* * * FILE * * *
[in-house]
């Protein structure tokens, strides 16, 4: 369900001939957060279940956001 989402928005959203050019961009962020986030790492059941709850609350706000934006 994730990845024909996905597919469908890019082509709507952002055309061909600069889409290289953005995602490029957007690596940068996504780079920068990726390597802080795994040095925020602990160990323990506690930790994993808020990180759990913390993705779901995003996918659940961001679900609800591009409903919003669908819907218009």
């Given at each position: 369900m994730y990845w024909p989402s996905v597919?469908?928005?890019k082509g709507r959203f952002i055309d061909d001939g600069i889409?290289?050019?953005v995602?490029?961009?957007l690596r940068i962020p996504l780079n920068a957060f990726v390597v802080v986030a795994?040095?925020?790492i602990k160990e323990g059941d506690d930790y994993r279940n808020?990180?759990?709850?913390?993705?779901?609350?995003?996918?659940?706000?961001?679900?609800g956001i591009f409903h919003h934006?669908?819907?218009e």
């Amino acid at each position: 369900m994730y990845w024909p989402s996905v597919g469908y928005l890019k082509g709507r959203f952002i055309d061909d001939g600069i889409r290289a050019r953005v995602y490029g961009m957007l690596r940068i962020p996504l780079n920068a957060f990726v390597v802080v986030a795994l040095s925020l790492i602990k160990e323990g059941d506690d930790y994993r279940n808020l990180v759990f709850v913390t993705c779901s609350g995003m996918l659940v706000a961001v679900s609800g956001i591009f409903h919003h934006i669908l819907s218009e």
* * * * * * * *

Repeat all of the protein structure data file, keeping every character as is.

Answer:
[in-house]
């Protein structure tokens, strides 16, 4: 369900001939957060279940956001 989402928005959203050019961009962020986030790492059941709850609350706000934006 994730990845024909996905597919469908890019082509709507952002055309061909600069889409290289953005995602490029957007690596940068996504780079920068990726390597802080795994040095925020602990160990323990506690930790994993808020990180759990913390993705779901995003996918659940961001679900609800591009409903919003669908819907218009």
């Given at each position: 369900m994730y990845w024909p989402s996905v597919?469908?928005?890019k082509g709507r959203f952002i055309d061909d001939g600069i889409?290289?050019?953005v995602?490029?961009?957007l690596r940068i962020p996504l780079n920068a957060f990726v390597v802080v986030a795994?040095?925020?790492i602990k160990e323990g059941d506690d930790y994993r279940n808020?990180?759990?709850?913390?993705?779901?609350?995003?996918?659940?706000?961001?679900?609800g956001i591009f409903h919003h934006?669908?819907?218009e």
């Amino acid at each position: 369900m994730y990845w024909p989402s996905v597919g469908y928005l890019k082509g709507r959203f952002i055309d061909d001939g600069i889409r290289a050019r953005v995602y490029g961009m957007l690596r940068i962020p996504l780079n920068a957060f990726v390597v802080v986030a795994l040095s925020l790492i602990k160990e323990g059941d506690d930790y994993r279940n808020l990180v759990f709850v913390t993705c779901s609350g995003m996918l659940v706000a961001v679900s609800g956001i591009f409903h919003h934006i669908l819907s218009e």